Inaction In Florida

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The hope that Florida would develop a market for renewable energy recently went up in flames because the Fla. House of Representatives failed to act this session.  Unfortunately, we’ll now have to wait for federal action since we lost a golden opportunity, specifically a clean energy bill, to drive investment and create jobs with homegrown energy resources.

In 2007, Governor Crist was hailed as a climate crusader – handing down a commendable executive order encouraging the Public Service Commission to develop a renewable portfolio standard (RPS) rule requiring utilities to produce 20% of their electricity from renewable energy resources by 2020.

Last year, the Florida Legislature directed the Commission to develop a rule, which would come back to them for ratification. After over a year of rule development workshops, the PSC forwarded a renewable energy rule to the Legislature for enactment into law. The governor’s renewable energy targets had the support of renewable energy developers, conservation groups and even the state’s largest utility.closedforbusiness

Fast-forward to May 1st, 2009 – last day of legislative session – no Florida RPS, no clean car rule, and a large “closed for renewable business” sign hung on the capitol building. The Governor made it clear that this piece of legislation was a priority – citizens came together and lobbied their elected officials to create a green economy that could retool the over 900,000 unemployed in the state and reinvigorate local economies. How could this bill fail?

The dirty truth
Earlier in the session, the Senate produced their version of the RPS (SB1154), which scaled back the PSC recommendations to a 15% target for true renewables. Their proposal allowed nuclear and clean coal technology to account for an additional 5%, which of course had no place in an RPS – but at least allowed a starting point for the debate.

At this point the ball was in the House’s court – it was up to them to either adopt the Senate bill, make modifications to SB 1154’s or create their own version. After weeks of inaction, Representative Dean Cannon of Winter Park – who is designated to be Speaker of the House in 2011 – stunned everyone by sponsoring an offshore drilling proposal on the 50th day of the 60-day session.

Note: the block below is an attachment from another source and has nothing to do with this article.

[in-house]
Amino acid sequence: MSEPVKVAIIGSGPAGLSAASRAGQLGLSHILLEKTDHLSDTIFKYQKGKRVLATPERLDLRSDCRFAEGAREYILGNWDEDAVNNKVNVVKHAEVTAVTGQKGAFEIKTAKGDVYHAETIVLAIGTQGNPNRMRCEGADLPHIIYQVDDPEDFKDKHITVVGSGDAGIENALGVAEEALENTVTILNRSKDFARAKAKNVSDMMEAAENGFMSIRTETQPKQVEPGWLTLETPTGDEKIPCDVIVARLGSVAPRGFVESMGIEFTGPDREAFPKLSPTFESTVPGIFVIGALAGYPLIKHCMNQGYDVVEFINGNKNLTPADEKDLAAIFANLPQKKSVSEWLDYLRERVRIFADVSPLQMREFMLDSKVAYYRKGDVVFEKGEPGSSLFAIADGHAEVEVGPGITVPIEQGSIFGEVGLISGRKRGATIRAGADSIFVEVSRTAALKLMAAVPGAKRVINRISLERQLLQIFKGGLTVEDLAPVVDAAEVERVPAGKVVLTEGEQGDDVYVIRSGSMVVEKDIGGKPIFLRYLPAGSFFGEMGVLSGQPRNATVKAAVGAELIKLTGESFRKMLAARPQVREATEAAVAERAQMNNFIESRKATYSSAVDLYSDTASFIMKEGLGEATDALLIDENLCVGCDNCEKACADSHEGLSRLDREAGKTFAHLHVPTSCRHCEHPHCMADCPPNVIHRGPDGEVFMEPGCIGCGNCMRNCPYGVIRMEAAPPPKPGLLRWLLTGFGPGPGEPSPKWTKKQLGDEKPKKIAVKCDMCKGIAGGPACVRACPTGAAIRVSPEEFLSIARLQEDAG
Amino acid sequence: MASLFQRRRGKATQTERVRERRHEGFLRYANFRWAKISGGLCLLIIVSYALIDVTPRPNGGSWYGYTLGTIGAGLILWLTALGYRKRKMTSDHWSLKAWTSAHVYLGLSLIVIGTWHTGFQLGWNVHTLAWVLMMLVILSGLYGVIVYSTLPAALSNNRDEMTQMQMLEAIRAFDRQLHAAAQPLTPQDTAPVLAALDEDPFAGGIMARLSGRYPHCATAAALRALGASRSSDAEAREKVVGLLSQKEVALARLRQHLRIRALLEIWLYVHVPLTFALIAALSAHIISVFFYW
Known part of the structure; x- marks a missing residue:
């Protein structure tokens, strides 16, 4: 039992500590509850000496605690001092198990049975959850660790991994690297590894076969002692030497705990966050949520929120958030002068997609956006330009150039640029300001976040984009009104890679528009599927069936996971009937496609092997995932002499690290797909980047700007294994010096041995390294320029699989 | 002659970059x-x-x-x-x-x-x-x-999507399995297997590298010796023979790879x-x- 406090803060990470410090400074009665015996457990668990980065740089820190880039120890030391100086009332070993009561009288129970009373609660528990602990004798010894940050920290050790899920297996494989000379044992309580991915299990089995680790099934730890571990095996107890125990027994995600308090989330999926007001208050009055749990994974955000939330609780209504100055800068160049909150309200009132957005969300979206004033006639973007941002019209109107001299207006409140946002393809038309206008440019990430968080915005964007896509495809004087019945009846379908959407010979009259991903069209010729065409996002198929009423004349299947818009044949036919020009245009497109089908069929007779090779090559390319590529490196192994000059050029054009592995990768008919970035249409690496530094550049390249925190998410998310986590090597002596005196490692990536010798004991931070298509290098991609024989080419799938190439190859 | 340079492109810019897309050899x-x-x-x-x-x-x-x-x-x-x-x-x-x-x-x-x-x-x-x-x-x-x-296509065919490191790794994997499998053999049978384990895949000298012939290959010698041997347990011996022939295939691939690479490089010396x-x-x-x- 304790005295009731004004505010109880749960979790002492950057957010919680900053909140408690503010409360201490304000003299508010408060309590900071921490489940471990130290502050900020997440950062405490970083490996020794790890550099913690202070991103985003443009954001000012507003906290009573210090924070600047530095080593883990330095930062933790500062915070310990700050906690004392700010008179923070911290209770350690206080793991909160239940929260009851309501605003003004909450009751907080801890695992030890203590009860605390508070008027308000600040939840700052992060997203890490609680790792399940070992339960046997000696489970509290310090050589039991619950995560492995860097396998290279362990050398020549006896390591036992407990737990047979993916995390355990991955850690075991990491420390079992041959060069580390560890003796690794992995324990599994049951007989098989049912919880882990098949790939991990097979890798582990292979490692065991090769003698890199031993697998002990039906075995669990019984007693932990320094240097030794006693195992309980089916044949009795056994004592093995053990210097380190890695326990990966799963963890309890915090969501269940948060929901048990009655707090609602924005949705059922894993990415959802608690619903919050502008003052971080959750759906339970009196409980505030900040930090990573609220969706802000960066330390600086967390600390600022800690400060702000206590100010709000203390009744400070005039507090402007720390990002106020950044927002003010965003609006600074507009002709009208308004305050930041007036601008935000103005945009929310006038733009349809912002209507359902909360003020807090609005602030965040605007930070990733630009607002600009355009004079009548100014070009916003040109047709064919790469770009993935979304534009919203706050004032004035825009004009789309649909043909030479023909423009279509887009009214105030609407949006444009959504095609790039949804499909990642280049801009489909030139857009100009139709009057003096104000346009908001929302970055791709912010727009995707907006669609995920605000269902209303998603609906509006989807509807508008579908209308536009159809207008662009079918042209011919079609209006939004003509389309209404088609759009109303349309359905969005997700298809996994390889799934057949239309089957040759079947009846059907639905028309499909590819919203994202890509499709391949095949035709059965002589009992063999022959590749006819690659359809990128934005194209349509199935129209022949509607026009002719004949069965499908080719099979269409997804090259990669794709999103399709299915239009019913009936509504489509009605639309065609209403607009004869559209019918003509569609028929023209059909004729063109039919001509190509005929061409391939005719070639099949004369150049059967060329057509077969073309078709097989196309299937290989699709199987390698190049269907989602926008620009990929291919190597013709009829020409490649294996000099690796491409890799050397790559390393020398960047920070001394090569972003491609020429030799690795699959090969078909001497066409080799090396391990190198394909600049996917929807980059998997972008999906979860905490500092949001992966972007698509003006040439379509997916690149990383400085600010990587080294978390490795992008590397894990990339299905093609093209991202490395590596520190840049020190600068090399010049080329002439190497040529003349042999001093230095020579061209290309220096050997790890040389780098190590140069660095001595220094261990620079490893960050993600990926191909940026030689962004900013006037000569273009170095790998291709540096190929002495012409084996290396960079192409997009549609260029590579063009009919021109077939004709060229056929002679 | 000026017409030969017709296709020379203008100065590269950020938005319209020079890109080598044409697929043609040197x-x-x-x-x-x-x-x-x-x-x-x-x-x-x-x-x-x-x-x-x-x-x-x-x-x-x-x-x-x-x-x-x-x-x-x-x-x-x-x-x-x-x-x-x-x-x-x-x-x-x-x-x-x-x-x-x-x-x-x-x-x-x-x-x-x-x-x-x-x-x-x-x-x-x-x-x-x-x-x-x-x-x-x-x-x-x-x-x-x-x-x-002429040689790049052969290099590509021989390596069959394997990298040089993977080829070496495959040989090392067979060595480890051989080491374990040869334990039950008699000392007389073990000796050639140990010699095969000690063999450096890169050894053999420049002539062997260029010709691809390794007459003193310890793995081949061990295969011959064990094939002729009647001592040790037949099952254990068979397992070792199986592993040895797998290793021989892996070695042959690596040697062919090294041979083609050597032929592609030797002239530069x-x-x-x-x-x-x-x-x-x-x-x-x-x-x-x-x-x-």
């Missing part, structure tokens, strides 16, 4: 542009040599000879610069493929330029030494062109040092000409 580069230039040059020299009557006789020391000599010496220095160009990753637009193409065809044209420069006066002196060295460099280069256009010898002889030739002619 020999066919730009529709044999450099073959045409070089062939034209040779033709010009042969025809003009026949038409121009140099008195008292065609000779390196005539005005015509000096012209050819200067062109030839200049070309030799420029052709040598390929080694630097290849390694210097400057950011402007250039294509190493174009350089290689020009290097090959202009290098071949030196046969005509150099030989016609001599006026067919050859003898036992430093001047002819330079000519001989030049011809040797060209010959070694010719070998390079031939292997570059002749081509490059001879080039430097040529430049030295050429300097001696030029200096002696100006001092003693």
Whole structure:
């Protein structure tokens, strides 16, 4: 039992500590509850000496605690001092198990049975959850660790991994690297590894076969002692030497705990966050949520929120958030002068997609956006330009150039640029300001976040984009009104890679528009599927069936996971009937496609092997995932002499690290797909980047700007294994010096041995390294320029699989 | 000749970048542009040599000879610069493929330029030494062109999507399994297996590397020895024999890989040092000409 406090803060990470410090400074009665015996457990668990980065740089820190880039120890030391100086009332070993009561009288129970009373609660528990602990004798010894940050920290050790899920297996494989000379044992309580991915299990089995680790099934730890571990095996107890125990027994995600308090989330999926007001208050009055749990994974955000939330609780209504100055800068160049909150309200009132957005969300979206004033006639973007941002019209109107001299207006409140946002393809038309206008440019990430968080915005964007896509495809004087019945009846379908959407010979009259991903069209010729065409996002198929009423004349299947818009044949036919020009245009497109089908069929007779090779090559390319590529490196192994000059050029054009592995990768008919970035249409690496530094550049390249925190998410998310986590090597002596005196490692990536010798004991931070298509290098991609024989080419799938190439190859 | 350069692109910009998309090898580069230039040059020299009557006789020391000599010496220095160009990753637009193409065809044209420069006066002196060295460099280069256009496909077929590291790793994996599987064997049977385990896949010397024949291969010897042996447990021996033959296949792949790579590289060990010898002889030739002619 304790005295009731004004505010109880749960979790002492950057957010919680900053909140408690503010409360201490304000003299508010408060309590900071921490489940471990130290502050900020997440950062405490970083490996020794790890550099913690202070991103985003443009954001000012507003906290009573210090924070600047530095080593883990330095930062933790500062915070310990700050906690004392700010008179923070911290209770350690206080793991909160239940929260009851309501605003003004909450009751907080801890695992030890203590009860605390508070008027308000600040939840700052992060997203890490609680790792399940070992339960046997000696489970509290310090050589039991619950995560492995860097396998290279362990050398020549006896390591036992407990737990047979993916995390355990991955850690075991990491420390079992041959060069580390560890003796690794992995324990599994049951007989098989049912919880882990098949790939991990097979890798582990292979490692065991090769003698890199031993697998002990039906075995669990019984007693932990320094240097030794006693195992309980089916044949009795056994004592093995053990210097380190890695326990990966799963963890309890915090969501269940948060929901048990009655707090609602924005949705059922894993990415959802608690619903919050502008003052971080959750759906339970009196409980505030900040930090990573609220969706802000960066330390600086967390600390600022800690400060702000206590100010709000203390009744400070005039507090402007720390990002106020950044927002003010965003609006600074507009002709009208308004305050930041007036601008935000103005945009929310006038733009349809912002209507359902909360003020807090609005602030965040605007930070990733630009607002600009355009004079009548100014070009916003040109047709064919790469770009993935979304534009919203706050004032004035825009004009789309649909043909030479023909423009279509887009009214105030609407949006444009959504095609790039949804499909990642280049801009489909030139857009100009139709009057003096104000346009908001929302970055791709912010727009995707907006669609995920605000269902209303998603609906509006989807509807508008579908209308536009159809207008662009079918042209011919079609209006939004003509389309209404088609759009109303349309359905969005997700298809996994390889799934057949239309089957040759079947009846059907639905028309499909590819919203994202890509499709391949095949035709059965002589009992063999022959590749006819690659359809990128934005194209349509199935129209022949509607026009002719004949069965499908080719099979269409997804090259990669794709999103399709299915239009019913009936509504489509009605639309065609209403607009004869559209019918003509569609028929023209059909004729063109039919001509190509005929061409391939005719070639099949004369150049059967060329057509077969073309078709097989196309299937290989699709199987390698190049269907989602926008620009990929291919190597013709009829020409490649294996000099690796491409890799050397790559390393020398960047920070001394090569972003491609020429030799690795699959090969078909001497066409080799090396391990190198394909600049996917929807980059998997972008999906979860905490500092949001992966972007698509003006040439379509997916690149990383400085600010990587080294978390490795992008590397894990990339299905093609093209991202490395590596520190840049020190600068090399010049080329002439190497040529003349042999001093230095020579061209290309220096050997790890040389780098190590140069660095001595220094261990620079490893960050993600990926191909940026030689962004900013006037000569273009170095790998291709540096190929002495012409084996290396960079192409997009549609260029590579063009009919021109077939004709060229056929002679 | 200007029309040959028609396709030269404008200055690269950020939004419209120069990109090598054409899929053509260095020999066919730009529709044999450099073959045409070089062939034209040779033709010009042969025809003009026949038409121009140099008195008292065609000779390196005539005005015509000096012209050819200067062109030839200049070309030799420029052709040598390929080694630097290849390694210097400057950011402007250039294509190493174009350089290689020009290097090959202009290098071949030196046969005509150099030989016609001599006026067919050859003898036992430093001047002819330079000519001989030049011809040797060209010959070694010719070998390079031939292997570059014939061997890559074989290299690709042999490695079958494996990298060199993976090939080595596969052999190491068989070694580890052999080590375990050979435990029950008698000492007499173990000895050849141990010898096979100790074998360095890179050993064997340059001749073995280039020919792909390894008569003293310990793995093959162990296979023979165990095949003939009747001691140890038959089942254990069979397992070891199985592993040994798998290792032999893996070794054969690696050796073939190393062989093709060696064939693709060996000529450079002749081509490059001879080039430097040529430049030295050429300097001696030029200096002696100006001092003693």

The Senate refused to consider the drilling proposal that would bring rigs in state waters 3-10 miles from the beach. Because of the Senate’s stance, Dean Cannon and other allies in the House such as Reps. Will Weatherford, Baxter Troutman and Seth McKeel held the RPS hostage in hopes of convincing opponents of offshore oil drilling and that the RPS would only move in a trade for oil drilling. In the final hours of the session, the Governor even paid an unexpected visit to Cannon and to no avail – the clean energy bill including all that it promised for Florida died.

So what happens next?
Governor Crist announced his bid for the U.S. Senate this past week. Many are concerned that his clean energy agenda may fall to the wayside. The current Speaker of the House, Larry Cretul, does not have an interest or any expertise on energy – leaving Dean Cannon with much influence and power over the House to move his, fossil fuel agenda. The silver lining is that we’ve laid a grassroots foundation in Florida to work to pass a Federal RPS this year! Despite the inaction of the Fla. State House – we have other promising chances to create a green economy that will not only retool Florida’s nearly 10% unemployed, but also the country.

Join us in our efforts to pass strong Federal climate and energy legislation and become part of the Florida Climate Alliance.

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2 Comments

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Excellent synopsis … exactly on point. The House’s inaction is unacceptable and, given our already trailing renewable position in the country, could cause significant damage to developing a robust renewable industry in Florida.

I still cannot determine what constituent base the House leaders were representing. Clearly, they did not listen to the multitude of voices demanding renewable energy.

If these current elected officials will not listen, we need to find new leaders that will.


Comment by TJS on June 3, 2009 6:39 am


[…] renewable portfolio standard currently exists in Florida, but there have been significant efforts to bring one into existence.  In 2009, The Florida Public Services Commission sent a draft RPS plan to be considered by the […]


Pingback by Florida Solar Industry Turns Attention To SRECs « SRECTrade Blog on July 21, 2010 8:26 pm


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